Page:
Feds, Texas square off in court over novel abortion law

“It works so far,” argued Netter for an injunction against the law and the state. “His trick of keeping SB 8 out of court is an open threat to the rule of law … SB 8 threatens the supremacy of the US Constitution.”

Netter said the private enforcement system is designed to scare abortion providers into refusing to help women who want to exercise their constitutional right to have an abortion.

“It’s designed to work through the towers,” he said, apparently implying that the threats the law creates are intentionally hidden and unpredictable.

Shortly after the law went into effect on September 1, the Supreme Court voted 5 to 4 to reject an offer from abortion providers to block it. The judges, however, expressed doubts about the constitutionality of the so-called Heartbeat Act, which seeks to prohibit abortions performed after a fetus has reached six weeks of gestation – when heart activity is typically detected. The higher court also left the possibility of further legal action open.

One challenge for the Justice Department attorneys in the new lawsuit they filed on Sept. 9 is that they can’t point to any specific law that gives the federal government the right to sue a law like that of Texas. Netter and his colleagues have argued that a variety of federal agencies dealing with immigrants, prisoners, or even members of the Job Corps are affected by Texas law.

Another controversial issue is who the judge might order not to enforce the law since it is set up to allow individuals to bring actions in state courts. Netter argued that these people were actually agents of the state so they could be covered by any restraining order Pitman issues.

“They are not real private individuals trying to enforce private interests in court. … They are state actors,” said Netter. “These individuals are state actors by virtue of the schema developed by the state. … The state has used a number of tricks to bypass the Constitution directly, in a way that the state has recognized that it will not get directly into.” can.”

However, a Texas attorney denied that the law was unconstitutional. Texas Attorney’s Will Thompson said the law actually contained language that would use the current Supreme Court standard on abortion rights as long as that standard remains in effect.

“I’m sorry to see the federal government’s pattern of exaggeration and inflammatory rhetoric continue,” Thompson said. He argued that creating the prospect of being sued about something could hardly mean an end to the legal system.

“In a heartbeat trial, nothing happens to a defendant until a state court hears the case. This is not a type of vigilante justice, ”Thompson said. “It is a scheme that uses the normal and lawful process of the Texas judiciary … We do not believe that the private prosecutor will be placed in the position of the state.”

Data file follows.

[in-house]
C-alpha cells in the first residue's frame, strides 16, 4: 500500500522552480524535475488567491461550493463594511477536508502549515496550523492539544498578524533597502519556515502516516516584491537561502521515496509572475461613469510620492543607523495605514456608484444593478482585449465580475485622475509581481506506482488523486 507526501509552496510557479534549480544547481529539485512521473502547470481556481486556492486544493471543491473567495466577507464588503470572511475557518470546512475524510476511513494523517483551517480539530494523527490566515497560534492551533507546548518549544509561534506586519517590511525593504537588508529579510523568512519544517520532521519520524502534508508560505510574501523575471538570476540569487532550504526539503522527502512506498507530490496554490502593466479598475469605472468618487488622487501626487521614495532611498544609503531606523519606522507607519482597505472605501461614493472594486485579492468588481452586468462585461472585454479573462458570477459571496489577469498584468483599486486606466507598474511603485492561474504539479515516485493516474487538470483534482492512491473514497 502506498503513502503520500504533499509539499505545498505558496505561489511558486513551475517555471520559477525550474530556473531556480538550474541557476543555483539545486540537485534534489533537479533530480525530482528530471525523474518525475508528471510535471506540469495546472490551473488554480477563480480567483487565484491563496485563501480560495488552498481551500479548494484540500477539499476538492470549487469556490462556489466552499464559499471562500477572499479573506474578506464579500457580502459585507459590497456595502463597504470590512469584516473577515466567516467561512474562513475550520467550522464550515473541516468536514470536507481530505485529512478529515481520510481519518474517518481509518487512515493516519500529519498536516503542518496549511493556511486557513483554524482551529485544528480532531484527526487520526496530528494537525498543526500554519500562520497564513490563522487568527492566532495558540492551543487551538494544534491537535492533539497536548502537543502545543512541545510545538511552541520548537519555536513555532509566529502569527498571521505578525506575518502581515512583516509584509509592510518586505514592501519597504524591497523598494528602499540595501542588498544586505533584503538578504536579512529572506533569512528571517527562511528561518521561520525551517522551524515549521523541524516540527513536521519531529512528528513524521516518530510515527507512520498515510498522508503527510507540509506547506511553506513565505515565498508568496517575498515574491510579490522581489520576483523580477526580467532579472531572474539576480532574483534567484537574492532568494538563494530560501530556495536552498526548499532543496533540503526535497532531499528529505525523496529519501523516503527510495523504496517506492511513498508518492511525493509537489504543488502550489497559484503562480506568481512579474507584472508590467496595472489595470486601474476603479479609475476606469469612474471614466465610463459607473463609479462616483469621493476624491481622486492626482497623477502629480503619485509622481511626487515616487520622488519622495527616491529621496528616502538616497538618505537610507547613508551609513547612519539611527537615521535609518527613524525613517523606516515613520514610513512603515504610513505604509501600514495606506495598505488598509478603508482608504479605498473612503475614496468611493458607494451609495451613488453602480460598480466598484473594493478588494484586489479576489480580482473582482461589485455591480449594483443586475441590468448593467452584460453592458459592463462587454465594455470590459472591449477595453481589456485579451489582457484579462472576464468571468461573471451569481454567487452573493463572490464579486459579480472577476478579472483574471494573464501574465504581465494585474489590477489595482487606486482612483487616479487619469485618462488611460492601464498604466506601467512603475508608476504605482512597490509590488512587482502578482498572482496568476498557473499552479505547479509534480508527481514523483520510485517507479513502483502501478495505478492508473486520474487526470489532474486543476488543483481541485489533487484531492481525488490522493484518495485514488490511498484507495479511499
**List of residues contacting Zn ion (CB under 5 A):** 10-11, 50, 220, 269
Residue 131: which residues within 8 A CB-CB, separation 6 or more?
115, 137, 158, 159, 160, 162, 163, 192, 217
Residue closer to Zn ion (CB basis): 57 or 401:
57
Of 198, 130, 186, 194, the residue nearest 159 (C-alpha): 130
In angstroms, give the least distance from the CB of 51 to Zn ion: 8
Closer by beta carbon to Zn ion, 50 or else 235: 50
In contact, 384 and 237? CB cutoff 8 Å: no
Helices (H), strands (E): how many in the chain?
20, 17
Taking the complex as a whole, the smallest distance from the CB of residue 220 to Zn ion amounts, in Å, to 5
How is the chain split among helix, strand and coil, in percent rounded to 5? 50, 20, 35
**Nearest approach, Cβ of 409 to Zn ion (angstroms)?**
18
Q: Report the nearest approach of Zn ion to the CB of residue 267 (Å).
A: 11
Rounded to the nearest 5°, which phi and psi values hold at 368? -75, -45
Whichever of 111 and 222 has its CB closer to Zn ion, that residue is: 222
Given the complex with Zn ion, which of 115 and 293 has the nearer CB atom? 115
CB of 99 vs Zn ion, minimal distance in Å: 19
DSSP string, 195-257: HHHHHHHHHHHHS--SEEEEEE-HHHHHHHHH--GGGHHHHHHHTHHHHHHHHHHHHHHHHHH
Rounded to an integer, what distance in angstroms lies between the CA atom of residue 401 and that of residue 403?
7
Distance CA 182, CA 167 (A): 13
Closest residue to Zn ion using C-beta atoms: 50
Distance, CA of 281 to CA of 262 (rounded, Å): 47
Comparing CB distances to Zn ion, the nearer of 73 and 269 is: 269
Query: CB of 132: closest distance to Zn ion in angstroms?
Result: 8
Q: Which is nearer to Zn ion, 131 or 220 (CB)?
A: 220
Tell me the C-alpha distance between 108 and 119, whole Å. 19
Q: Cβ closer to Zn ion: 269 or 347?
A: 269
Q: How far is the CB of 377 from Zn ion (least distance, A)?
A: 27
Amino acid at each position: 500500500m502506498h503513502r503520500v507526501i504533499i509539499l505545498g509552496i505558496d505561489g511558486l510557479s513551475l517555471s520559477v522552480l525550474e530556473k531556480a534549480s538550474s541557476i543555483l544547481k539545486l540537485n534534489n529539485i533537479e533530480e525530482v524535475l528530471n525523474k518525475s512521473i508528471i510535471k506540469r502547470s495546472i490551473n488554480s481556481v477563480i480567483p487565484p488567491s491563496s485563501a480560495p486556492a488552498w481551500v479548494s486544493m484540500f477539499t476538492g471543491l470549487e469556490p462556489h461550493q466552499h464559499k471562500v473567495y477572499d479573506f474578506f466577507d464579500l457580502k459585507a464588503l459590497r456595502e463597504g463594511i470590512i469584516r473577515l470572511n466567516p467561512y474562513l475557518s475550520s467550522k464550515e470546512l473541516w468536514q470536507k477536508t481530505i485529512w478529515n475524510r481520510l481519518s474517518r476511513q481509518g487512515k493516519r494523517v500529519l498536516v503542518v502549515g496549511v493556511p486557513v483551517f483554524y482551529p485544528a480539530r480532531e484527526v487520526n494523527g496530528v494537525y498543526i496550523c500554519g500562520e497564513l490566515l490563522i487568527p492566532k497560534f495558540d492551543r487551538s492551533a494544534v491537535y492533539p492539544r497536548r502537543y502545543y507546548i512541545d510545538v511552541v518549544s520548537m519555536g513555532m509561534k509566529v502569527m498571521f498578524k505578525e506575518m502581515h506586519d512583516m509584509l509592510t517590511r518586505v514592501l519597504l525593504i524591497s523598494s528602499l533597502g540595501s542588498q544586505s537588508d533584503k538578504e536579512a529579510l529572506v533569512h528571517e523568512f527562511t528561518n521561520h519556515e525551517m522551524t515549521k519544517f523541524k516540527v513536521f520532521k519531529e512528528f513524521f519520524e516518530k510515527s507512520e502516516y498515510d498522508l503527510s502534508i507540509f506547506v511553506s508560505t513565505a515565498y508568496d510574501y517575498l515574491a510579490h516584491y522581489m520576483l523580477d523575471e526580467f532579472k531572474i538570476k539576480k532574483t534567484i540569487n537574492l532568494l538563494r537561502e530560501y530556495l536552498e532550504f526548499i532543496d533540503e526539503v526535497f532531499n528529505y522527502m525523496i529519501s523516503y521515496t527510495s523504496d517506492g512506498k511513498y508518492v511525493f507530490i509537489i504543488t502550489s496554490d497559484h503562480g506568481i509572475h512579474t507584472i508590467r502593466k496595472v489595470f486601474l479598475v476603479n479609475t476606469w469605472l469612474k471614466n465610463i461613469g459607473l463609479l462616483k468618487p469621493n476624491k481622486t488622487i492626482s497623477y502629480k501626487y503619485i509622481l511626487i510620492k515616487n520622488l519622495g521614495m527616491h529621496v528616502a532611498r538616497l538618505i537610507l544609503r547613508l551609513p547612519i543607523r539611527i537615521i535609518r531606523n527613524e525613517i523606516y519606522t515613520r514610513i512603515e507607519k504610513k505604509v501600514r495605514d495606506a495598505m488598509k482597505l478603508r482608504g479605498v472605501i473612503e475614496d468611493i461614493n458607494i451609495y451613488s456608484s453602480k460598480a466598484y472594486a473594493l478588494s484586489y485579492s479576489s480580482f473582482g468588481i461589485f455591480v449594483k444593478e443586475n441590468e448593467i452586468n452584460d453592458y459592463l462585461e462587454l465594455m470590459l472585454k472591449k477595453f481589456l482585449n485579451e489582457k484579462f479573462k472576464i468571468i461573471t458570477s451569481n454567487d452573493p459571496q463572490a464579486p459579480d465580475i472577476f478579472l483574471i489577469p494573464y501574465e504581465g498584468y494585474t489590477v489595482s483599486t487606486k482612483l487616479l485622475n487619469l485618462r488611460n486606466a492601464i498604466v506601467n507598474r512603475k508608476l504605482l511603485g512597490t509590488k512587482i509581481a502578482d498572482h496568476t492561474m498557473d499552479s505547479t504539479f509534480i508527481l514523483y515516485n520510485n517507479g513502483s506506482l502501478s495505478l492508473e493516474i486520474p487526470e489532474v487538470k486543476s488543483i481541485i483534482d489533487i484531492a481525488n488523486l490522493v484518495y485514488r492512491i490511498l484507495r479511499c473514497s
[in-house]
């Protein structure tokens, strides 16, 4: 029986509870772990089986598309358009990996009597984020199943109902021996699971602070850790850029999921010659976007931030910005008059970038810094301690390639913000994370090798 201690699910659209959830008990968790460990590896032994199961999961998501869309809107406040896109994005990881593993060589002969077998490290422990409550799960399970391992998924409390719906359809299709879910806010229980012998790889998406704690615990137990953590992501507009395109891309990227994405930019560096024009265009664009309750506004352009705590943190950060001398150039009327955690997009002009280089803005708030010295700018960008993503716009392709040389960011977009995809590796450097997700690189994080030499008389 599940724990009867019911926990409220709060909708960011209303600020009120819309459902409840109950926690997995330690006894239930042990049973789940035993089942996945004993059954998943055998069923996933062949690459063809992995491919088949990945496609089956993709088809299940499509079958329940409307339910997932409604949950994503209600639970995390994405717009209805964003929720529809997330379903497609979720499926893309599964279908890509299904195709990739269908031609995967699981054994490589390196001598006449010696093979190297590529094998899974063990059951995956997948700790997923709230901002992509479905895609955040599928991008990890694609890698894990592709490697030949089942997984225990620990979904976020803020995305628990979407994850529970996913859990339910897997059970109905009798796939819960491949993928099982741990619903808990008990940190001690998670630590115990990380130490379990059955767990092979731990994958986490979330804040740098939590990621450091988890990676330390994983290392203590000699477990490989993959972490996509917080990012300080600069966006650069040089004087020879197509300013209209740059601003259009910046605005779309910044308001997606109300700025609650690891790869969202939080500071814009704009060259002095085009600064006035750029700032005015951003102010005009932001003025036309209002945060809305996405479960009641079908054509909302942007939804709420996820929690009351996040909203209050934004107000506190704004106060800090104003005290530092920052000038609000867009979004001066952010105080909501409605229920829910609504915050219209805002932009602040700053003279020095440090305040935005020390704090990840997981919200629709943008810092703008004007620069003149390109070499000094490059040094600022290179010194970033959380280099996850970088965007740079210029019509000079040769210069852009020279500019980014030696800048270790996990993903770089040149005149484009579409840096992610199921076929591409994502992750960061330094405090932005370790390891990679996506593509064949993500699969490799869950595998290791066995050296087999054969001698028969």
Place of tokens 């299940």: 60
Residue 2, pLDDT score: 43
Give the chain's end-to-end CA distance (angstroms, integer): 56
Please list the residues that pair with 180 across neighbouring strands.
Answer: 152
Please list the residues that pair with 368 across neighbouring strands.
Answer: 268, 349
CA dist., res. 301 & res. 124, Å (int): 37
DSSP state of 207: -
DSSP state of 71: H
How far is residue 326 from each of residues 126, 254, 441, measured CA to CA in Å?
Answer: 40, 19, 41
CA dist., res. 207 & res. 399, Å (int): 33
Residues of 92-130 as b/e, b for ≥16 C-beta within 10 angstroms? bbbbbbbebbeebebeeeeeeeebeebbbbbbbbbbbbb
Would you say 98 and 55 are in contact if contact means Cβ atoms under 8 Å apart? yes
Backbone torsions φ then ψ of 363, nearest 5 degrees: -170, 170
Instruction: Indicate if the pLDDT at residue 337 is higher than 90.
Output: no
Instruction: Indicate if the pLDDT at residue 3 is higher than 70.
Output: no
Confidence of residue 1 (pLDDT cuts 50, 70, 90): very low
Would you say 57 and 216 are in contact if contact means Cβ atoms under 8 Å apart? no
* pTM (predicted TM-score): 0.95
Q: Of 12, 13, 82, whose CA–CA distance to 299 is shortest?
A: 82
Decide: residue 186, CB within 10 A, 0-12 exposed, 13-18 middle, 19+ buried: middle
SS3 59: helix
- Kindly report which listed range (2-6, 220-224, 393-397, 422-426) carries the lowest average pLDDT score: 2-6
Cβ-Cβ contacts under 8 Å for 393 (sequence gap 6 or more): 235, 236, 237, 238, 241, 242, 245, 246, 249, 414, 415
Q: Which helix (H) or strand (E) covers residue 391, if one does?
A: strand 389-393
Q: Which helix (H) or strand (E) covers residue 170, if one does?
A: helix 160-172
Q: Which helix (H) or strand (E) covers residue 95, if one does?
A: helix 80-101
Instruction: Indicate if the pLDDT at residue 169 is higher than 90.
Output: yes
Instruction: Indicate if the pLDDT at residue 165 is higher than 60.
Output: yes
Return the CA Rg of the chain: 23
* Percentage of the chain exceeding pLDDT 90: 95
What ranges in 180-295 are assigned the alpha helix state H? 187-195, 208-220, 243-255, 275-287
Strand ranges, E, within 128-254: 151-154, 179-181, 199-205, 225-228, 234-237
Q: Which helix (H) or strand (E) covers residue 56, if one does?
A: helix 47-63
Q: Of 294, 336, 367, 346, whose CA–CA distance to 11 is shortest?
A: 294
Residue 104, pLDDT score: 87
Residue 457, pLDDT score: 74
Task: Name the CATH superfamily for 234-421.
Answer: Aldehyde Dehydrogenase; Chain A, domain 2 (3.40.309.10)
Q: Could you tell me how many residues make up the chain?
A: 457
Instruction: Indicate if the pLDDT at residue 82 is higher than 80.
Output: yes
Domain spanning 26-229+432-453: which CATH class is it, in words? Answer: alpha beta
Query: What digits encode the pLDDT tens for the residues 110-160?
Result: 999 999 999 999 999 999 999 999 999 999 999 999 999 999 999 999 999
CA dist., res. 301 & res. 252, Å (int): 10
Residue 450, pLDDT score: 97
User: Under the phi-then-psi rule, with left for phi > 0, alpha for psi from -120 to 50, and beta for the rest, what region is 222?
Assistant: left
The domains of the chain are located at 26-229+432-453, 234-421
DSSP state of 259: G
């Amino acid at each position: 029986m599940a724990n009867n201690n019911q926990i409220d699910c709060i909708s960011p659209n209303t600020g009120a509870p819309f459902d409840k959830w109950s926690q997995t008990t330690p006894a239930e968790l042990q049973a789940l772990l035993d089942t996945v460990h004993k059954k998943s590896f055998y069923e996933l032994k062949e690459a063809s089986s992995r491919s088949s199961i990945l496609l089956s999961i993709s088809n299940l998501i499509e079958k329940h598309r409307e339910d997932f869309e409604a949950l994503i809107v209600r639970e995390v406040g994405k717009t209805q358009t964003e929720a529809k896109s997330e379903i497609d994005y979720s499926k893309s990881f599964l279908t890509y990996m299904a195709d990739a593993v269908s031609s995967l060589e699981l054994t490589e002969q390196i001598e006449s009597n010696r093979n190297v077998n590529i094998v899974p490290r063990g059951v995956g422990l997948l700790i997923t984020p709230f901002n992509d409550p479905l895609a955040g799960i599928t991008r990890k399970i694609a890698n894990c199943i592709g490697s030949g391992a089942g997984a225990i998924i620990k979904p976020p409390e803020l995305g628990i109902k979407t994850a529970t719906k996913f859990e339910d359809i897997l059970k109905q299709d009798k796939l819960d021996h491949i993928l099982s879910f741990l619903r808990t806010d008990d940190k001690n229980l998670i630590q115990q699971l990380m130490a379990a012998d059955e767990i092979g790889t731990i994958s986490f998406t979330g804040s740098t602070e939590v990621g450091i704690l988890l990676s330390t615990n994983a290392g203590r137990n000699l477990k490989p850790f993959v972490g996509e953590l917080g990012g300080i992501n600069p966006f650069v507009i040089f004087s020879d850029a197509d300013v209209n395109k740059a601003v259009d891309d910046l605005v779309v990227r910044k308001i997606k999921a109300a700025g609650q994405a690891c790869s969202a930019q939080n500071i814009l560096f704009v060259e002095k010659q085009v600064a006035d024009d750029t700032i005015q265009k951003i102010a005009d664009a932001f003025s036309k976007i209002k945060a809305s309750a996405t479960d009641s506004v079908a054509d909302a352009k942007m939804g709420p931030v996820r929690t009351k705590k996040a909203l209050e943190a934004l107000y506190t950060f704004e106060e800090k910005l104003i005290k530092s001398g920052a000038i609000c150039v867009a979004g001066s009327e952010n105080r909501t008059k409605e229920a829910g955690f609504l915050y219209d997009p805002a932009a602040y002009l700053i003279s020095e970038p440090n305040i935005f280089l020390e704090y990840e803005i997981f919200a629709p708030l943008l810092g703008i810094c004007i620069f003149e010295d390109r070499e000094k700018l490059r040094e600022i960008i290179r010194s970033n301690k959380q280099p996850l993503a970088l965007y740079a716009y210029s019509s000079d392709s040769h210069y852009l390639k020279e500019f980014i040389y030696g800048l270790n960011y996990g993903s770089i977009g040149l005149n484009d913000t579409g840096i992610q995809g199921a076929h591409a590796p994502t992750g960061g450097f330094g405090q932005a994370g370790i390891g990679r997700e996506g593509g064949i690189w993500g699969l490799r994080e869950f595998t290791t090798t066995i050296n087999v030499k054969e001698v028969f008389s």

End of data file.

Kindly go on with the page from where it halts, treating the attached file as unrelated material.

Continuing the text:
Thompson argued that the suits were related to common “crime suits” that were often filed for car accidents or slip and fall injuries. But Netter said it wasn’t because the potential plaintiffs here could be anyone, even those who have no connection with the person requesting the abortion or others involved in the case.

The federal government has already sued states over immigration and land use issues, but attorneys for Texas argued that the federal government’s interest in the case is not apparent as there is no federal law promoting abortion. Thompson also noted that a law aimed at gaining access to abortion facilities, the Freedom of Access to Clinic Entrances Act, does not provide a legal mechanism for the federal government to challenge state laws.

“The federal government has no intention of promoting abortions or getting more of them to happen,” Thompson said.

The judge made no clear indication of how he intended to govern, but at one point expressed concern that Texan law appeared to be intended to interfere with the right to abortion while making legal proceedings more difficult.

“What this law was supposed to do was find a proxy for the state to shield the state from the kind of judicial oversight that would normally exist,” Pitman said.

Proponents of abortion rights and the Justice Department argue that the threat of litigation under SB 8 has led the few doctors who perform abortions in Texas to severely curtail their jobs, which has forced some of those who want an abortion to leave the state leaving.

But an attorney for several people who wanted to uphold their rights to sue under Texas law said it was not an outright ban on abortion.

“This is not a virtual or near-total ban on abortion in Texas,” said Andrew Stephens, an attorney supported by America First Legal, a group of former employees of former President Donald Trump.

Stephens said that Texan clinics still perform between about 40 and 60 percent of the abortions performed before SB 8 took effect.

“The effects are much less severe than they told this court … Many abortions are still performed,” said Stephens. “We don’t think they have fulfilled their burden.”

However, Netter argued that even if some abortions occur when women are less than six weeks pregnant, the constitutional rights of women trying to terminate pregnancy after that point are still violated.

Pitman did not specify how long it would take him to make a decision at the request of the federal government. It also remains unclear what an injunction would look like. One possibility is that they are state judges or court clerks. But at this early stage of the case it would not be a definitive solution to the legal issues. Thompson suggested that the law could still affect the actions of abortion providers regardless of what the judge does now.

“The prospect of future liability … will continue to exist regardless of whether there is an injunction,” he said.

Leave a Comment